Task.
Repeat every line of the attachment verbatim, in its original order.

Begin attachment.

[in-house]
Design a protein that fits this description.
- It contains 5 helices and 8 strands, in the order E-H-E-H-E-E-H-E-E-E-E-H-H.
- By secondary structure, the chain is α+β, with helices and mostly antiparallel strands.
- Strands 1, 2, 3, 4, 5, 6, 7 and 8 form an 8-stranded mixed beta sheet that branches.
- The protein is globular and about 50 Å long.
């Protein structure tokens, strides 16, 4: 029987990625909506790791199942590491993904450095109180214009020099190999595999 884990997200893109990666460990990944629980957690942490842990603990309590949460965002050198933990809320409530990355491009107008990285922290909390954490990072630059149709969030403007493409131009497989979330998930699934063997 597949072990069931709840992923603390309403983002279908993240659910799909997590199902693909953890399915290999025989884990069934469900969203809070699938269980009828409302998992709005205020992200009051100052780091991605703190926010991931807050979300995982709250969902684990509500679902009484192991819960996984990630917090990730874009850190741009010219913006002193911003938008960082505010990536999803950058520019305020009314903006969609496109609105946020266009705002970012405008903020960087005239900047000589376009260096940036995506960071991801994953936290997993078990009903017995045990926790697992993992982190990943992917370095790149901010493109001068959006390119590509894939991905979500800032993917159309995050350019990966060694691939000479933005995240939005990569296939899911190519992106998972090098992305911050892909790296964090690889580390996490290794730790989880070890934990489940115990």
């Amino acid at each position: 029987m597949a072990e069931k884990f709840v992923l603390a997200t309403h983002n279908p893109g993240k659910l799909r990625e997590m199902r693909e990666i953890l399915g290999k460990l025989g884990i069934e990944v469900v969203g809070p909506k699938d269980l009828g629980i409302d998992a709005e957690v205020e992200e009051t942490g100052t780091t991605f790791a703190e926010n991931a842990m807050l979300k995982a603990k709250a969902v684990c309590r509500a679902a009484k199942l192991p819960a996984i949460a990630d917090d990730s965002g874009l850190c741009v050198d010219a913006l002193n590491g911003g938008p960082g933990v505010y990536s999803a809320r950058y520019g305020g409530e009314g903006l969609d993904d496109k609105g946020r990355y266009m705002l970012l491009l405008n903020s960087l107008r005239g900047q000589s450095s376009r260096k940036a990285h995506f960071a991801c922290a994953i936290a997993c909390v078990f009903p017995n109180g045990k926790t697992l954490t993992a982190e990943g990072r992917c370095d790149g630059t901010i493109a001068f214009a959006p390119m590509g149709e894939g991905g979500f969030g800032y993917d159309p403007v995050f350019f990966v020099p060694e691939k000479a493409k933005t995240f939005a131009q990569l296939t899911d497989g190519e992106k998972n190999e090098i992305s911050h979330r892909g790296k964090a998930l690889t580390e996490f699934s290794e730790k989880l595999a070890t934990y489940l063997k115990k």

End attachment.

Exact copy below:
[in-house]
Design a protein that fits this description.
- It contains 5 helices and 8 strands, in the order E-H-E-H-E-E-H-E-E-E-E-H-H.
- By secondary structure, the chain is α+β, with helices and mostly antiparallel strands.
- Strands 1, 2, 3, 4, 5, 6, 7 and 8 form an 8-stranded mixed beta sheet that branches.
- The protein is globular and about 50 Å long.
């Protein structure tokens, strides 16, 4: 029987990625909506790791199942590491993904450095109180214009020099190999595999 884990997200893109990666460990990944629980957690942490842990603990309590949460965002050198933990809320409530990355491009107008990285922290909390954490990072630059149709969030403007493409131009497989979330998930699934063997 597949072990069931709840992923603390309403983002279908993240659910799909997590199902693909953890399915290999025989884990069934469900969203809070699938269980009828409302998992709005205020992200009051100052780091991605703190926010991931807050979300995982709250969902684990509500679902009484192991819960996984990630917090990730874009850190741009010219913006002193911003938008960082505010990536999803950058520019305020009314903006969609496109609105946020266009705002970012405008903020960087005239900047000589376009260096940036995506960071991801994953936290997993078990009903017995045990926790697992993992982190990943992917370095790149901010493109001068959006390119590509894939991905979500800032993917159309995050350019990966060694691939000479933005995240939005990569296939899911190519992106998972090098992305911050892909790296964090690889580390996490290794730790989880070890934990489940115990």
């Amino acid at each position: 029987m597949a072990e069931k884990f709840v992923l603390a997200t309403h983002n279908p893109g993240k659910l799909r990625e997590m199902r693909e990666i953890l399915g290999k460990l025989g884990i069934e990944v469900v969203g809070p909506k699938d269980l009828g629980i409302d998992a709005e957690v205020e992200e009051t942490g100052t780091t991605f790791a703190e926010n991931a842990m807050l979300k995982a603990k709250a969902v684990c309590r509500a679902a009484k199942l192991p819960a996984i949460a990630d917090d990730s965002g874009l850190c741009v050198d010219a913006l002193n590491g911003g938008p960082g933990v505010y990536s999803a809320r950058y520019g305020g409530e009314g903006l969609d993904d496109k609105g946020r990355y266009m705002l970012l491009l405008n903020s960087l107008r005239g900047q000589s450095s376009r260096k940036a990285h995506f960071a991801c922290a994953i936290a997993c909390v078990f009903p017995n109180g045990k926790t697992l954490t993992a982190e990943g990072r992917c370095d790149g630059t901010i493109a001068f214009a959006p390119m590509g149709e894939g991905g979500f969030g800032y993917d159309p403007v995050f350019f990966v020099p060694e691939k000479a493409k933005t995240f939005a131009q990569l296939t899911d497989g190519e992106k998972n190999e090098i992305s911050h979330r892909g790296k964090a998930l690889t580390e996490f699934s290794e730790k989880l595999a070890t934990y489940l063997k115990k």